Curriculum Modifications for Students with Autism


Curriculum modifications and adaptations can vary with age, developmental stage and subject.

As more is learned about autism spectrum disorders, educators and school systems have begun to rethink their understanding of autistic students as well as the best ways to help them reach their full potential. Because these students also tend to have exceptional capabilities in certain areas, they may require curriculum modifications and adaptations in particular areas, and may excel in others. This can make it challenging to know what your students need from you, especially if you have no experience teaching students with autism.

What is curriculum modification?

Curriculum modification has become a blanket term for any changes made to accommodate a student’s particular need. However, it is important to understand the difference between curriculum modification and adaptation. Modification entails altering the content taught, whether that means omitting or adding to the curriculum or changing the standards for assessment and evaluation based on a student’s needs and limitations. Adaptation maintains the integrity of the content within the curriculum but may present it in a different format or change the environment in which the student learns based on needs and limitations. It also uses the same evaluation scale as the standard curriculum. In other words, modification changes what is taught and how progress is measured, while adaptation changes how content is presented and/or accessed but not how progress is evaluated.

Do all students with autism require curriculum modifications and adaptations?

The short answer is no. The student’s temperament and level of functioning will provide guidance for whether, when and how his or her learning needs should be addressed. Some students diagnosed with an autism spectrum disorder can be successful in traditional learning environments with few adaptations or none at all. Others whose needs, sensitivities and triggers make their ability to function much more challenging to manage may require an almost entirely separate curriculum from what is taught in a traditional classroom. Also, the need for curriculum modifications and adaptations can vary with age, developmental stage and subject.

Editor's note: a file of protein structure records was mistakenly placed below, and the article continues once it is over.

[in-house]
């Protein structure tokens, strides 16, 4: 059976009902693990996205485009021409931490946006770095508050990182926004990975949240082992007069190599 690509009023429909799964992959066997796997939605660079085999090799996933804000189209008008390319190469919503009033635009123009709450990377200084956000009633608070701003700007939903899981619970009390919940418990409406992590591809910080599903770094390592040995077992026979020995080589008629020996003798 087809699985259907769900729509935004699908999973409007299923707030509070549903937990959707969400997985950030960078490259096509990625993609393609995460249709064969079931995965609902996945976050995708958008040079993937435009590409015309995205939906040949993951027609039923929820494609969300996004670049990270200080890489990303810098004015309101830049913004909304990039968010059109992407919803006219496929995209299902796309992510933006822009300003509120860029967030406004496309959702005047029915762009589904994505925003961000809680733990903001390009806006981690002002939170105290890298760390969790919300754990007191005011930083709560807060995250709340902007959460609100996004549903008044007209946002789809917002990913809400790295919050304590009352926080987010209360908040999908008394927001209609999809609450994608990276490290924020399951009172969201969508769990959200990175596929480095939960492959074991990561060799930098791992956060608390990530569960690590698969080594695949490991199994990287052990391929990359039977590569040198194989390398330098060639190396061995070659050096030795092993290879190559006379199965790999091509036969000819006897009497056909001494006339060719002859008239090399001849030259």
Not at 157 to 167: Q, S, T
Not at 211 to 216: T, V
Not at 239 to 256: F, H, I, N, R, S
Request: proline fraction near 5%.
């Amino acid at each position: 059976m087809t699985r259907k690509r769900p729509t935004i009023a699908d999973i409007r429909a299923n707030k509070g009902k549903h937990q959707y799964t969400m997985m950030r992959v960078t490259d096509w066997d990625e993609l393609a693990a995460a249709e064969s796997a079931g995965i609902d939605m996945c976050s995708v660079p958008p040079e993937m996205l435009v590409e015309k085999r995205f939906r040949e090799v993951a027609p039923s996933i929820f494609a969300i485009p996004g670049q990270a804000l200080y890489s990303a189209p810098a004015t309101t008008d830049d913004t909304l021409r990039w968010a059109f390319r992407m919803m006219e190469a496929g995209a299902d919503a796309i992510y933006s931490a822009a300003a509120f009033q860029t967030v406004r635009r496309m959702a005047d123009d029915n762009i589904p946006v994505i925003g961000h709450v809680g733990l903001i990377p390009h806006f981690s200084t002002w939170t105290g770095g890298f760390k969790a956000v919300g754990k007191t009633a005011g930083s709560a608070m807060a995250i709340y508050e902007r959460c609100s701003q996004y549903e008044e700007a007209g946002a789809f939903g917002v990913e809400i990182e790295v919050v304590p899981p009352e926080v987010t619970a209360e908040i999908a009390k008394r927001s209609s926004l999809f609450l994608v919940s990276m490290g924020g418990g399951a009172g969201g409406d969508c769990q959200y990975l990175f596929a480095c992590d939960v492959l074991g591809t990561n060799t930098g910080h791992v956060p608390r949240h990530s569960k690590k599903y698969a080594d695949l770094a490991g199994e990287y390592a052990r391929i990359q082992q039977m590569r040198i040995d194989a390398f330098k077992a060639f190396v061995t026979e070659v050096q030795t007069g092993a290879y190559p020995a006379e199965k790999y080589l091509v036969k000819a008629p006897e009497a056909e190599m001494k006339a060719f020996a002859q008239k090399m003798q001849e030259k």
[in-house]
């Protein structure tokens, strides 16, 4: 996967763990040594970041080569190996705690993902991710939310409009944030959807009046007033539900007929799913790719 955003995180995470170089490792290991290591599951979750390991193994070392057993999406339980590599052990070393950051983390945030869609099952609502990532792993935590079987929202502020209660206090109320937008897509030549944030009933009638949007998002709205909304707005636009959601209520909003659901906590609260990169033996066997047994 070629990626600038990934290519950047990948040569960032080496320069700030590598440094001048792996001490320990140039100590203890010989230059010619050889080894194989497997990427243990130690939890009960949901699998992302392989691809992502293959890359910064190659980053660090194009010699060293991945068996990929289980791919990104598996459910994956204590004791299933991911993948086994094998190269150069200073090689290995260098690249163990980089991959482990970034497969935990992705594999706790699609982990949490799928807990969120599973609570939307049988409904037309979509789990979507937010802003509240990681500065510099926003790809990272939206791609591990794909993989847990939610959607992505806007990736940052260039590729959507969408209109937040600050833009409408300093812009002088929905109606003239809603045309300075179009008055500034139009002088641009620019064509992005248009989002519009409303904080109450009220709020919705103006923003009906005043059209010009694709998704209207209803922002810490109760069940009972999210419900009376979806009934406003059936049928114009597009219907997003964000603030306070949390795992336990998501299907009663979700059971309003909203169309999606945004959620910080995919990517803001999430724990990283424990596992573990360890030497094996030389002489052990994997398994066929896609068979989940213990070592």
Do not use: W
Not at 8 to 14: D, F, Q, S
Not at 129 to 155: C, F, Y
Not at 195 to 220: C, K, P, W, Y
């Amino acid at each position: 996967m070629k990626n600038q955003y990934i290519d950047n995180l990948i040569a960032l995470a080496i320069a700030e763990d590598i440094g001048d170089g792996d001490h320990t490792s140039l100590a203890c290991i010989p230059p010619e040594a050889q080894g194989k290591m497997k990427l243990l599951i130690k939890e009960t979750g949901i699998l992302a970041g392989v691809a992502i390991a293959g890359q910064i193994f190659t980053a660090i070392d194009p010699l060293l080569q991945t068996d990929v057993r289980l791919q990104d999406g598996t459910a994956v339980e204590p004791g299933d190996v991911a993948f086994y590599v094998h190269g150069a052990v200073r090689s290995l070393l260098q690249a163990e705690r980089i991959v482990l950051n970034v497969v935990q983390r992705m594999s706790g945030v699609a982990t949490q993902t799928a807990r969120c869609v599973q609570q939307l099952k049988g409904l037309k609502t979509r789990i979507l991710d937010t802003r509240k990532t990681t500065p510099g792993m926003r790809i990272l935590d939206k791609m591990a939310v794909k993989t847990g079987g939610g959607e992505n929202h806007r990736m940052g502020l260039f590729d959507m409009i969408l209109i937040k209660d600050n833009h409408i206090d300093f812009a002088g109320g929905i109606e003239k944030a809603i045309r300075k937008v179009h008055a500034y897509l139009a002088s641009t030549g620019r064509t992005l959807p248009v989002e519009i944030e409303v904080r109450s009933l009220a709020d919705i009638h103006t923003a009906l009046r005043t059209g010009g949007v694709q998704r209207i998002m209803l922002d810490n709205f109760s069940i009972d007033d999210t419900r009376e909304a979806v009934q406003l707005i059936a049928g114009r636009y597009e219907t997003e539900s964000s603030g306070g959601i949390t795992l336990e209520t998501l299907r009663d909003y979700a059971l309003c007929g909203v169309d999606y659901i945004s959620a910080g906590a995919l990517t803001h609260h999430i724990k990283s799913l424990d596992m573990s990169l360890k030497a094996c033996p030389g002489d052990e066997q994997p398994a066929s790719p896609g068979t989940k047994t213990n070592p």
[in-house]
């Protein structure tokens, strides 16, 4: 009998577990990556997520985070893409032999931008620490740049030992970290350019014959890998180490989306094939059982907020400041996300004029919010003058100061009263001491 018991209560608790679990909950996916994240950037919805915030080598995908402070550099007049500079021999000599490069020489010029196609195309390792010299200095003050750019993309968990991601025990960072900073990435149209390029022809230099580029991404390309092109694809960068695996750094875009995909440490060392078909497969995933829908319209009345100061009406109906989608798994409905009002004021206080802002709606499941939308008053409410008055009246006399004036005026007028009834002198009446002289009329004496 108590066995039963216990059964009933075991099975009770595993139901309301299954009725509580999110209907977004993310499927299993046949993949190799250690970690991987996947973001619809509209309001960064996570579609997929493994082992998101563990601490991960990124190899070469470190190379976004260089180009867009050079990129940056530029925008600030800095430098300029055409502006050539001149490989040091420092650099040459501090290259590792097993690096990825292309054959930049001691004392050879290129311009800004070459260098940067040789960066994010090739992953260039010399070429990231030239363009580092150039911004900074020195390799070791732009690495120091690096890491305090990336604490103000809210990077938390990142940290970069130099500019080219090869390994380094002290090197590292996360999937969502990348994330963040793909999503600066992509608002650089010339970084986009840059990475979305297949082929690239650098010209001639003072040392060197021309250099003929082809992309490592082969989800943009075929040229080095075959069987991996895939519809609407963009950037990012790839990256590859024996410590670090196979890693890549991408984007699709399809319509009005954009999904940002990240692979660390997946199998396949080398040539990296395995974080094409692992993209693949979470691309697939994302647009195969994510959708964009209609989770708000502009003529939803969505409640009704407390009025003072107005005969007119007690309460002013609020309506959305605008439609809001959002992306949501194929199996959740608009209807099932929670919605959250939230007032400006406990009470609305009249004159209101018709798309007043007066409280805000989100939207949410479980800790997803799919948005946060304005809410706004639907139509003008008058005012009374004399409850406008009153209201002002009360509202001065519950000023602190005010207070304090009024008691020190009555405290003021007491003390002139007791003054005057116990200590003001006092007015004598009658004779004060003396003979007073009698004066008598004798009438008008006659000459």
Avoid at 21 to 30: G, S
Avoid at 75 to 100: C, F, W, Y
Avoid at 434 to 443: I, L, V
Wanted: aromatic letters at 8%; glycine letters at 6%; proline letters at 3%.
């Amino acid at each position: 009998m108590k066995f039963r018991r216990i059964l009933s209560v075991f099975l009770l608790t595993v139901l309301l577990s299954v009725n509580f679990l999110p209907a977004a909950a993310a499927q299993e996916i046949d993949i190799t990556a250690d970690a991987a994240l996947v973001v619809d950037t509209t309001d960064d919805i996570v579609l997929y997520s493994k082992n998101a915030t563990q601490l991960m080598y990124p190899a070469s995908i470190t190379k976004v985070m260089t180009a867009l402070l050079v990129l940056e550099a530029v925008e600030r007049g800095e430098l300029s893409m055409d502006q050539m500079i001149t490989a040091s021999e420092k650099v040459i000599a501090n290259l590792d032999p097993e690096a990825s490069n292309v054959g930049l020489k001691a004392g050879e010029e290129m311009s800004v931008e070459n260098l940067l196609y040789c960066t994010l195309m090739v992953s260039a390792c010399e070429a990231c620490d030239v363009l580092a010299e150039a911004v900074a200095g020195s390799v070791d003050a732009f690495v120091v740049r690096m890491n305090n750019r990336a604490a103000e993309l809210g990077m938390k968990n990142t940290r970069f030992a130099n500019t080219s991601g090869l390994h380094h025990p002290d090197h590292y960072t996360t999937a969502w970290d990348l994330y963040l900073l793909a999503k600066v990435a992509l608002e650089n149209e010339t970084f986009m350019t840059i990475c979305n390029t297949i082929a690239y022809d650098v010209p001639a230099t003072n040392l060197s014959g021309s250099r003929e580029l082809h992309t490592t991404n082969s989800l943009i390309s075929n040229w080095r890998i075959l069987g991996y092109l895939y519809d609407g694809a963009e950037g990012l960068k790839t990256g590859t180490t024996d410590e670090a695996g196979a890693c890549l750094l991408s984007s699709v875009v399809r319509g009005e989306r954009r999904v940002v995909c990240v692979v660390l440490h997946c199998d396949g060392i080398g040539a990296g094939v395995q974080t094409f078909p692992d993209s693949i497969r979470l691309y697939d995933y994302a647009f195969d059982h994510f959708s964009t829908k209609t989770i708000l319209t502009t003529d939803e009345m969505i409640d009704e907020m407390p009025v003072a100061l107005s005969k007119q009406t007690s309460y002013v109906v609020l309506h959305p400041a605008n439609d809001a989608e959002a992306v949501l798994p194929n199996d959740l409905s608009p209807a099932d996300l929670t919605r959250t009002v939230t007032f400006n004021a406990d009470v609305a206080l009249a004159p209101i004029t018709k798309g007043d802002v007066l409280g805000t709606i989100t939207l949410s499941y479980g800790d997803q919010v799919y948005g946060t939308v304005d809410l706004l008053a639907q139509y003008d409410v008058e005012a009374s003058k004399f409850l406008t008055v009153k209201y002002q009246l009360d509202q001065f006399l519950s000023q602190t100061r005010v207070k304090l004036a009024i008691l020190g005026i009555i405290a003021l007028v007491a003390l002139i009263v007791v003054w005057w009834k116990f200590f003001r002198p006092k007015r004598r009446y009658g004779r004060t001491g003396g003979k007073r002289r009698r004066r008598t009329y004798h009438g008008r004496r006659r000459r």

What are some tips for curriculum modifications and adaptations for students with autism?

Tip #1: Make sure your student requires curriculum modifications and adaptations.

It is not helpful to the student to assign adaptations based on the label of autism, but rather to work with other educators and parents to provide the appropriate support to allow the child to progress alongside traditional students to the full extent that they are able.

Tip #2: Determine what and how to teach based on need.

Once you have determined which areas the student can actively participate in and achieve the same results as non-exceptional students, you must address the support needs in remaining areas and focus on them. Adaptations could include modified instructional arrangement, lesson format, individualized goals, materials or learning environments or other student-specific teaching strategies.

Tip #3: Continuously evaluate the student’s achievements and challenges, and make adjustments as necessary.

As mentioned earlier, age and developmental stage play a role in autistic students’ capabilities and support needs. Also, you may need to try many different strategies or tweak strategies before you find a plan that works well. The only way you will know is to track the student’s progress and identify areas in which the adaptations appear to be working and those in which the student may continue to struggle.

Tip #4: Solicit and provide continuous feedback among the student’s educational team members.

It’s important to be on the same page with the other educational influencers in the child’s life so that everyone understands where the student’s difficulties are and what he or she is able to achieve with minimal or no support. Not only will this help everyone understand what areas to address, but it will help the educational team and the student identify strengths that may be channeled to meet challenges in other areas.

Multi-level instruction has become a more common teaching strategy for students with autism in the last decade or so. This means that at some point in your teaching career, you may have autistic students in your classroom even if you do not teach special education. A basic understanding of the unique needs of students with autism spectrum disorders allows you to make slight to moderate curriculum modifications and adaptations to help them succeed.


Sources:

http://www.spannj.org/pti/Curriculum_Modifications_and_Adaptations.pdf

http://www.specialeducationguide.com/pre-k-12/inclusion/adaptations-accommodations-and-modifications/


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